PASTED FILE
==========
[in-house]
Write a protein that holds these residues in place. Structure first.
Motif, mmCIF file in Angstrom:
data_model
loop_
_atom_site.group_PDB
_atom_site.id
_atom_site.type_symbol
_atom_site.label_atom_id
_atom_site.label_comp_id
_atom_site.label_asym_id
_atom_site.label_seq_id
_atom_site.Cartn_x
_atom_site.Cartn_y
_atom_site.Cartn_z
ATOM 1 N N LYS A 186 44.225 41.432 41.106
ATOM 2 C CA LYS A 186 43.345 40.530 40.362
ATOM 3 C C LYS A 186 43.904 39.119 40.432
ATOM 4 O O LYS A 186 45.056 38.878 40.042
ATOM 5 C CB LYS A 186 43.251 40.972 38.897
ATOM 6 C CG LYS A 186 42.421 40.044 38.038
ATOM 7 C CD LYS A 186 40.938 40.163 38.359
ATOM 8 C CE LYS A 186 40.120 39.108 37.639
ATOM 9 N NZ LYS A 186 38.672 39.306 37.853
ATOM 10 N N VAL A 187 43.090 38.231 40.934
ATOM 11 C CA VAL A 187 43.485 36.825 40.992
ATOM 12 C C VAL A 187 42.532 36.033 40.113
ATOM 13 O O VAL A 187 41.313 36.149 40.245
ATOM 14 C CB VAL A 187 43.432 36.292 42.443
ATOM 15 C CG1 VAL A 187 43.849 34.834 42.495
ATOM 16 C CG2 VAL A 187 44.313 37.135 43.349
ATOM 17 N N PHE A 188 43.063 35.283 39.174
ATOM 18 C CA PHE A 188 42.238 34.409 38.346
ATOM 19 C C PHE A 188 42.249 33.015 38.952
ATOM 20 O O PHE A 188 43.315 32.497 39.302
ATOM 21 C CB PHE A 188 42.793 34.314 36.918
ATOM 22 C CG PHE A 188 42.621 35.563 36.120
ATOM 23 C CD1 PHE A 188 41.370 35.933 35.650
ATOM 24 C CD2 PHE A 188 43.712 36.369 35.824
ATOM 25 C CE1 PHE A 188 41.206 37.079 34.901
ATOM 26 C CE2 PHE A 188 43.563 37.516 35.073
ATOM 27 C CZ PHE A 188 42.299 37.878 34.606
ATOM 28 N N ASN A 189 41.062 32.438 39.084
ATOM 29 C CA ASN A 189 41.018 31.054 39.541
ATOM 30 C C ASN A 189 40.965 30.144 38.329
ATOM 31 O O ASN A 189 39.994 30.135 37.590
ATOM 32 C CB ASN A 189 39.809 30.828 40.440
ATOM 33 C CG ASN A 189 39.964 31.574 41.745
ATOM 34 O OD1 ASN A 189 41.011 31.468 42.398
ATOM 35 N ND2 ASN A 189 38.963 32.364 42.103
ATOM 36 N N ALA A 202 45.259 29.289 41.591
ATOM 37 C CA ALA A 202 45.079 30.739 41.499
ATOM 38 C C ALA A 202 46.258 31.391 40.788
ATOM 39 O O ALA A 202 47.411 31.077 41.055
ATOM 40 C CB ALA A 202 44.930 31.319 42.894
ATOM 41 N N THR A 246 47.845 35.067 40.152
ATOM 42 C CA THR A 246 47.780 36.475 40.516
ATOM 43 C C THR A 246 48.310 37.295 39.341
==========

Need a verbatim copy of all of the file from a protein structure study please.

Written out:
[in-house]
Write a protein that holds these residues in place. Structure first.
Motif, mmCIF file in Angstrom:
data_model
loop_
_atom_site.group_PDB
_atom_site.id
_atom_site.type_symbol
_atom_site.label_atom_id
_atom_site.label_comp_id
_atom_site.label_asym_id
_atom_site.label_seq_id
_atom_site.Cartn_x
_atom_site.Cartn_y
_atom_site.Cartn_z
ATOM 1 N N LYS A 186 44.225 41.432 41.106
ATOM 2 C CA LYS A 186 43.345 40.530 40.362
ATOM 3 C C LYS A 186 43.904 39.119 40.432
ATOM 4 O O LYS A 186 45.056 38.878 40.042
ATOM 5 C CB LYS A 186 43.251 40.972 38.897
ATOM 6 C CG LYS A 186 42.421 40.044 38.038
ATOM 7 C CD LYS A 186 40.938 40.163 38.359
ATOM 8 C CE LYS A 186 40.120 39.108 37.639
ATOM 9 N NZ LYS A 186 38.672 39.306 37.853
ATOM 10 N N VAL A 187 43.090 38.231 40.934
ATOM 11 C CA VAL A 187 43.485 36.825 40.992
ATOM 12 C C VAL A 187 42.532 36.033 40.113
ATOM 13 O O VAL A 187 41.313 36.149 40.245
ATOM 14 C CB VAL A 187 43.432 36.292 42.443
ATOM 15 C CG1 VAL A 187 43.849 34.834 42.495
ATOM 16 C CG2 VAL A 187 44.313 37.135 43.349
ATOM 17 N N PHE A 188 43.063 35.283 39.174
ATOM 18 C CA PHE A 188 42.238 34.409 38.346
ATOM 19 C C PHE A 188 42.249 33.015 38.952
ATOM 20 O O PHE A 188 43.315 32.497 39.302
ATOM 21 C CB PHE A 188 42.793 34.314 36.918
ATOM 22 C CG PHE A 188 42.621 35.563 36.120
ATOM 23 C CD1 PHE A 188 41.370 35.933 35.650
ATOM 24 C CD2 PHE A 188 43.712 36.369 35.824
ATOM 25 C CE1 PHE A 188 41.206 37.079 34.901
ATOM 26 C CE2 PHE A 188 43.563 37.516 35.073
ATOM 27 C CZ PHE A 188 42.299 37.878 34.606
ATOM 28 N N ASN A 189 41.062 32.438 39.084
ATOM 29 C CA ASN A 189 41.018 31.054 39.541
ATOM 30 C C ASN A 189 40.965 30.144 38.329
ATOM 31 O O ASN A 189 39.994 30.135 37.590
ATOM 32 C CB ASN A 189 39.809 30.828 40.440
ATOM 33 C CG ASN A 189 39.964 31.574 41.745
ATOM 34 O OD1 ASN A 189 41.011 31.468 42.398
ATOM 35 N ND2 ASN A 189 38.963 32.364 42.103
ATOM 36 N N ALA A 202 45.259 29.289 41.591
ATOM 37 C CA ALA A 202 45.079 30.739 41.499
ATOM 38 C C ALA A 202 46.258 31.391 40.788
ATOM 39 O O ALA A 202 47.411 31.077 41.055
ATOM 40 C CB ALA A 202 44.930 31.319 42.894
ATOM 41 N N THR A 246 47.845 35.067 40.152
ATOM 42 C CA THR A 246 47.780 36.475 40.516
ATOM 43 C C THR A 246 48.310 37.295 39.341